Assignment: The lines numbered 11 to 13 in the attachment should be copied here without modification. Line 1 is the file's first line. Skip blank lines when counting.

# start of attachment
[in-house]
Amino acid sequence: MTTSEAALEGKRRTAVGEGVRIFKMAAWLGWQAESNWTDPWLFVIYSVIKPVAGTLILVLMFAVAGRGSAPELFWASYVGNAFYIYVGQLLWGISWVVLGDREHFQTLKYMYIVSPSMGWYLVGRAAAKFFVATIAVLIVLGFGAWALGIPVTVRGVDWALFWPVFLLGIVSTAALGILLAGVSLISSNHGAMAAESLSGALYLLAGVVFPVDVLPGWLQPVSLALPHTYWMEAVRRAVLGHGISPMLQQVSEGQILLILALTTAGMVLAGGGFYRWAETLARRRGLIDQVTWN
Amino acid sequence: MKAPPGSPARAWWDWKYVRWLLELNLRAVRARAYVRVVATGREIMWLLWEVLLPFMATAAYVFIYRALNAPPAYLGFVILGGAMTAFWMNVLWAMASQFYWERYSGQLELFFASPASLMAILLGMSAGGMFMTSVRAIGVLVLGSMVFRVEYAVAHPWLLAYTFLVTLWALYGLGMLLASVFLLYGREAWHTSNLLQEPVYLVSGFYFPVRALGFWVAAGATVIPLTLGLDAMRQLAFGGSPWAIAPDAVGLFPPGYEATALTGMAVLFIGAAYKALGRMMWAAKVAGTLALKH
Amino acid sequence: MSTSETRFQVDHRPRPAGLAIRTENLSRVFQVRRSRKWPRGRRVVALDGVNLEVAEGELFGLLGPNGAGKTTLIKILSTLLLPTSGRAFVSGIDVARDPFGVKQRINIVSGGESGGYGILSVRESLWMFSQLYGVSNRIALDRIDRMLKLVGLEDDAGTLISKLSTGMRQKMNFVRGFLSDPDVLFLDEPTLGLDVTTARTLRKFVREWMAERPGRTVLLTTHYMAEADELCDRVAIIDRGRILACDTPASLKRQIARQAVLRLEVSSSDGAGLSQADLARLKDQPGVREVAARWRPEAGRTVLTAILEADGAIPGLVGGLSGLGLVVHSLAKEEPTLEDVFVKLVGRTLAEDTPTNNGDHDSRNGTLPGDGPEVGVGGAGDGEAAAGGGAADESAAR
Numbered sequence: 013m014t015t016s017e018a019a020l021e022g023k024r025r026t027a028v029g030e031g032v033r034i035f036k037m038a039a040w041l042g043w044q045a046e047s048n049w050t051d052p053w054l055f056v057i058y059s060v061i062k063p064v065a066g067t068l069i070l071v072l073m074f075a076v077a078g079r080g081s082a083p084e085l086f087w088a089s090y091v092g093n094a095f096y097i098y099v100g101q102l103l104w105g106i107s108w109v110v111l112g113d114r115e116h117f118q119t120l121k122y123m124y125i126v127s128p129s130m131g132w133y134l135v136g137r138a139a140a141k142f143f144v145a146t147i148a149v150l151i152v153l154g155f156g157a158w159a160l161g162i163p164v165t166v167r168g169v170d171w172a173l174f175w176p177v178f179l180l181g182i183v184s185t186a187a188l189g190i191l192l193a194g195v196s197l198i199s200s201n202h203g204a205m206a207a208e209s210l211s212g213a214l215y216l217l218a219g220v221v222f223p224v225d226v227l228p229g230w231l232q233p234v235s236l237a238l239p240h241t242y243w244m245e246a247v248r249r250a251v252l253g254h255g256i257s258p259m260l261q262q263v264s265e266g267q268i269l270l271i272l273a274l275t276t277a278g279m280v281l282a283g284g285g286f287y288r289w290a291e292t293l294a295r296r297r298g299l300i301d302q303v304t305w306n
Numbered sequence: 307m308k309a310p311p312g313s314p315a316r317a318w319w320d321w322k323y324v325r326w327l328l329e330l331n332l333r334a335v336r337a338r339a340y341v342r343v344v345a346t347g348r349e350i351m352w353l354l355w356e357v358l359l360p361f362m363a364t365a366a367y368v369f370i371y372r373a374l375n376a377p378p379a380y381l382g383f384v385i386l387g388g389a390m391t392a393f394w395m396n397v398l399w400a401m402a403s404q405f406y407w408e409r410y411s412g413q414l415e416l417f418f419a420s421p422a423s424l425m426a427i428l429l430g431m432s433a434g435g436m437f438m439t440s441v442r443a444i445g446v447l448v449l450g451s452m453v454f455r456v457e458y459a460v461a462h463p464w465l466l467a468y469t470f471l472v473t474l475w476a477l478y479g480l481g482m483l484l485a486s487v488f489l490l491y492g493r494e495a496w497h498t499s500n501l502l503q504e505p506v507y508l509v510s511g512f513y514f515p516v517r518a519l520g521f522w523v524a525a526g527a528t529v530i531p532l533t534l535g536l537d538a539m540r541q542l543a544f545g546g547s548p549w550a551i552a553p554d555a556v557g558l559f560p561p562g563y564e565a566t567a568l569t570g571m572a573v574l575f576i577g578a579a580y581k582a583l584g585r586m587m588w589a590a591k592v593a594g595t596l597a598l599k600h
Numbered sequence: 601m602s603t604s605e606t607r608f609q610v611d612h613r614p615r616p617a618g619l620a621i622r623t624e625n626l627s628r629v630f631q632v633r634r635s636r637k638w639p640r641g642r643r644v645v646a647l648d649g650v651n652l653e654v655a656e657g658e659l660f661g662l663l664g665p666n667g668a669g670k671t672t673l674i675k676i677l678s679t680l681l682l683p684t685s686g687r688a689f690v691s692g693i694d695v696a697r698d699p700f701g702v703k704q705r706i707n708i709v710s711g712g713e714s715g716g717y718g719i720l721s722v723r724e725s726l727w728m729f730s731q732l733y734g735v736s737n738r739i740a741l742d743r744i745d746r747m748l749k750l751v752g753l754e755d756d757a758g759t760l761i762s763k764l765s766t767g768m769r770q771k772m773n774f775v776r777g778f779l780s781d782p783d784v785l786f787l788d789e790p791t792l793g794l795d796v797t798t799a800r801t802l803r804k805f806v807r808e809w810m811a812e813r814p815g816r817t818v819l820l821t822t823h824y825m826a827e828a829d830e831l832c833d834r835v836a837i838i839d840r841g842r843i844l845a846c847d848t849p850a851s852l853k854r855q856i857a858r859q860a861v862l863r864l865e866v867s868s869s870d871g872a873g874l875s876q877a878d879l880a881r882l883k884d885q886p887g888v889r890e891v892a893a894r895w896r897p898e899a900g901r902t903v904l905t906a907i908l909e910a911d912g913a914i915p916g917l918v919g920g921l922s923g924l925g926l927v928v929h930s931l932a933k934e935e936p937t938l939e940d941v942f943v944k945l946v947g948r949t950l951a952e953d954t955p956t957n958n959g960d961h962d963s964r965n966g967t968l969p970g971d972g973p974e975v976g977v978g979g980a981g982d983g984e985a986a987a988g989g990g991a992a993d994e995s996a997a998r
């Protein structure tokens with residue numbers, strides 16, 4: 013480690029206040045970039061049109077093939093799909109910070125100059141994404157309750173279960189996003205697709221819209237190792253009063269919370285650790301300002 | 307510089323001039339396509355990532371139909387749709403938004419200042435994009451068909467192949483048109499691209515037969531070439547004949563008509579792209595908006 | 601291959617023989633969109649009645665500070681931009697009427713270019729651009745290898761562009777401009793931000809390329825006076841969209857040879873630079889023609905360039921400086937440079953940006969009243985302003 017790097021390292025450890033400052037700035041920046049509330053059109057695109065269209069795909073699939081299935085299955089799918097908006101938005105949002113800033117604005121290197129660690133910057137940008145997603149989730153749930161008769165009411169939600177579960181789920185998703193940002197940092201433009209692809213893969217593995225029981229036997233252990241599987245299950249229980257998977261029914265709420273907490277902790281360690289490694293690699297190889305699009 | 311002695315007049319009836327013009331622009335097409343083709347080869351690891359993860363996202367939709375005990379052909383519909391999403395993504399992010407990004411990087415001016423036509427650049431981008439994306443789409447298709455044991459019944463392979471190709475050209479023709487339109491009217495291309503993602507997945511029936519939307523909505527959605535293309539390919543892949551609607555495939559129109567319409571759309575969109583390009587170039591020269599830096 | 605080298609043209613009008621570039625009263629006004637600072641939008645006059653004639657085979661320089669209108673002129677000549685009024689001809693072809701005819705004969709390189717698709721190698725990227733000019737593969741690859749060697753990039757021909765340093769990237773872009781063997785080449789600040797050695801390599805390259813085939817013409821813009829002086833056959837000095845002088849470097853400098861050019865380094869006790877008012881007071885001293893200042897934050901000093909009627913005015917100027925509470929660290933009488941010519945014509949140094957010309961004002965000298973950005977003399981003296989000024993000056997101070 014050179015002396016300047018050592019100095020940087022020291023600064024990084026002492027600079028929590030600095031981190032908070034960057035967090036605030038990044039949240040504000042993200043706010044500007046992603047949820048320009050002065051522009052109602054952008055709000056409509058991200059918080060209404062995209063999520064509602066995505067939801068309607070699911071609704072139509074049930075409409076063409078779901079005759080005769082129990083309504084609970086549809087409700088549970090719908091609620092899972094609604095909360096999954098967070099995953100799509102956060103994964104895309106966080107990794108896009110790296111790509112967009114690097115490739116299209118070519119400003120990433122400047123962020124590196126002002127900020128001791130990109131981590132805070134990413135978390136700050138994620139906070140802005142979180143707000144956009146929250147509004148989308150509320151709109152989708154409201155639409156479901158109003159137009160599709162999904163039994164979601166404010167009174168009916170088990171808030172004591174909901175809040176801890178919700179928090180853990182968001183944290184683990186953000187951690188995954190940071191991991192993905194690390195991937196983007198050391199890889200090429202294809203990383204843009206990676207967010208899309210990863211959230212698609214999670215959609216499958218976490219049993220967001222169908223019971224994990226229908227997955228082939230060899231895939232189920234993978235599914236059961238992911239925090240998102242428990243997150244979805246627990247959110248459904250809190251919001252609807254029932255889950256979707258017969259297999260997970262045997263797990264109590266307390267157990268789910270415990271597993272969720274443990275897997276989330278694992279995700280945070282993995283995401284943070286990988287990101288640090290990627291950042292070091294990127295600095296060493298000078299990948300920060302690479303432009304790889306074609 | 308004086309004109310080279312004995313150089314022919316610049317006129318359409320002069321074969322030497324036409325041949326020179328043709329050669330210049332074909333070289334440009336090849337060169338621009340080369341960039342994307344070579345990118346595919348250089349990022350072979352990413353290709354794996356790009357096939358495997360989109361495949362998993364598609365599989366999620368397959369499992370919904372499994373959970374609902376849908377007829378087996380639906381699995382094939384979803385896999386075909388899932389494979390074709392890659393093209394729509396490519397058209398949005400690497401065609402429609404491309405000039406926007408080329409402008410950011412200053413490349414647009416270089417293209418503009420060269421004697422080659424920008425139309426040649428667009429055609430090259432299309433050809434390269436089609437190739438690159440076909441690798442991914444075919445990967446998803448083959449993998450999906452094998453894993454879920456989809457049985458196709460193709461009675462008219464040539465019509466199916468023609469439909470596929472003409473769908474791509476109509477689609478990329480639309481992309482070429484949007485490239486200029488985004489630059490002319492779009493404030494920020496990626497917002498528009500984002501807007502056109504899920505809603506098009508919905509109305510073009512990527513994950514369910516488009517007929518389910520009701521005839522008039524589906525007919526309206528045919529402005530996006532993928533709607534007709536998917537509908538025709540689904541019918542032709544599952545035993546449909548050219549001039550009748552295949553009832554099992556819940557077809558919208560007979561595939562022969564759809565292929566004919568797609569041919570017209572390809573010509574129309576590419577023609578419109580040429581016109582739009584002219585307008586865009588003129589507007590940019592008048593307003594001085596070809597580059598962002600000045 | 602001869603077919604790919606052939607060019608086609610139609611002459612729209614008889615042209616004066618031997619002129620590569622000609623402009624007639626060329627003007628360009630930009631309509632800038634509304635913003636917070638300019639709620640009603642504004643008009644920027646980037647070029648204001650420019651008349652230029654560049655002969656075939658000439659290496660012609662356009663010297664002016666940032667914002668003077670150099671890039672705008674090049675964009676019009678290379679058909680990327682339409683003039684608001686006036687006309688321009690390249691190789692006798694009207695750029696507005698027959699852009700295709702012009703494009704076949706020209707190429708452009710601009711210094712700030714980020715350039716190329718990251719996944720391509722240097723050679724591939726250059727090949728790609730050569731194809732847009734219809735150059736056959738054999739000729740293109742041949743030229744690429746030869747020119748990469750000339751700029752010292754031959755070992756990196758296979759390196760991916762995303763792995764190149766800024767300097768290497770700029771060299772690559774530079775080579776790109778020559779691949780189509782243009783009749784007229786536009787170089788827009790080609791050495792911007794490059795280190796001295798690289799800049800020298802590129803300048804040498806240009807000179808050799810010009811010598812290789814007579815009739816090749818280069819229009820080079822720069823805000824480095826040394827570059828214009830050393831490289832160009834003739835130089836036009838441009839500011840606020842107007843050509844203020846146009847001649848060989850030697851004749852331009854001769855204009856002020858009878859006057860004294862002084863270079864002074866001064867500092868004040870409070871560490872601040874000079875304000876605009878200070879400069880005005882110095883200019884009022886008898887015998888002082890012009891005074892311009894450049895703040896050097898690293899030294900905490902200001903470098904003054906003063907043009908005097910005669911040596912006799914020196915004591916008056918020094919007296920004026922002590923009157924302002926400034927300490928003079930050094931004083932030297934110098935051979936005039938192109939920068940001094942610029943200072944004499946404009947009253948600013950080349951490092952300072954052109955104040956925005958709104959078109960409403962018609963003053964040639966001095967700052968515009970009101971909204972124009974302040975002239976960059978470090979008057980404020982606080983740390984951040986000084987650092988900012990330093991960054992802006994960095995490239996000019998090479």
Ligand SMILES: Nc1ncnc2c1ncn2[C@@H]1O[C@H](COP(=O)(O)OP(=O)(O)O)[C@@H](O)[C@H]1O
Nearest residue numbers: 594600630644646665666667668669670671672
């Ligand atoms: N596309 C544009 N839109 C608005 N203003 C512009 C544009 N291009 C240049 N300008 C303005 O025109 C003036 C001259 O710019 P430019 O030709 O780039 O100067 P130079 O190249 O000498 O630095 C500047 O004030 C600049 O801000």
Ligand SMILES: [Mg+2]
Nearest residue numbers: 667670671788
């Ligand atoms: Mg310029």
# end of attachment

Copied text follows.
């Ligand atoms: N596309 C544009 N839109 C608005 N203003 C512009 C544009 N291009 C240049 N300008 C303005 O025109 C003036 C001259 O710019 P430019 O030709 O780039 O100067 P130079 O190249 O000498 O630095 C500047 O004030 C600049 O801000």
Ligand SMILES: [Mg+2]
Nearest residue numbers: 667670671788